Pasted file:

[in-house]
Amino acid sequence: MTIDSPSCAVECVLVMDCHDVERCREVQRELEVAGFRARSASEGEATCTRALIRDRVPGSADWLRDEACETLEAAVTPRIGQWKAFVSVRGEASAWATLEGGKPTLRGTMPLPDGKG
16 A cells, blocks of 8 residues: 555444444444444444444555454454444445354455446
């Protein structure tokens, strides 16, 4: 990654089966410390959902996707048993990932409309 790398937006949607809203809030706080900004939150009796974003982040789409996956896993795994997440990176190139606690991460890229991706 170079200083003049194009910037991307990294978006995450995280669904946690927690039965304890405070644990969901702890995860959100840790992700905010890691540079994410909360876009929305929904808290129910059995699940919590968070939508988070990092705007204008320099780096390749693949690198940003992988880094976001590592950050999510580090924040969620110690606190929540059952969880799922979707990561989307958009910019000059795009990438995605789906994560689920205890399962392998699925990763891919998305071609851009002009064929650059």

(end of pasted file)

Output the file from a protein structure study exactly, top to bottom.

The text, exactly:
[in-house]
Amino acid sequence: MTIDSPSCAVECVLVMDCHDVERCREVQRELEVAGFRARSASEGEATCTRALIRDRVPGSADWLRDEACETLEAAVTPRIGQWKAFVSVRGEASAWATLEGGKPTLRGTMPLPDGKG
16 A cells, blocks of 8 residues: 555444444444444444444555454454444445354455446
């Protein structure tokens, strides 16, 4: 990654089966410390959902996707048993990932409309 790398937006949607809203809030706080900004939150009796974003982040789409996956896993795994997440990176190139606690991460890229991706 170079200083003049194009910037991307990294978006995450995280669904946690927690039965304890405070644990969901702890995860959100840790992700905010890691540079994410909360876009929305929904808290129910059995699940919590968070939508988070990092705007204008320099780096390749693949690198940003992988880094976001590592950050999510580090924040969620110690606190929540059952969880799922979707990561989307958009910019000059795009990438995605789906994560689920205890399962392998699925990763891919998305071609851009002009064929650059």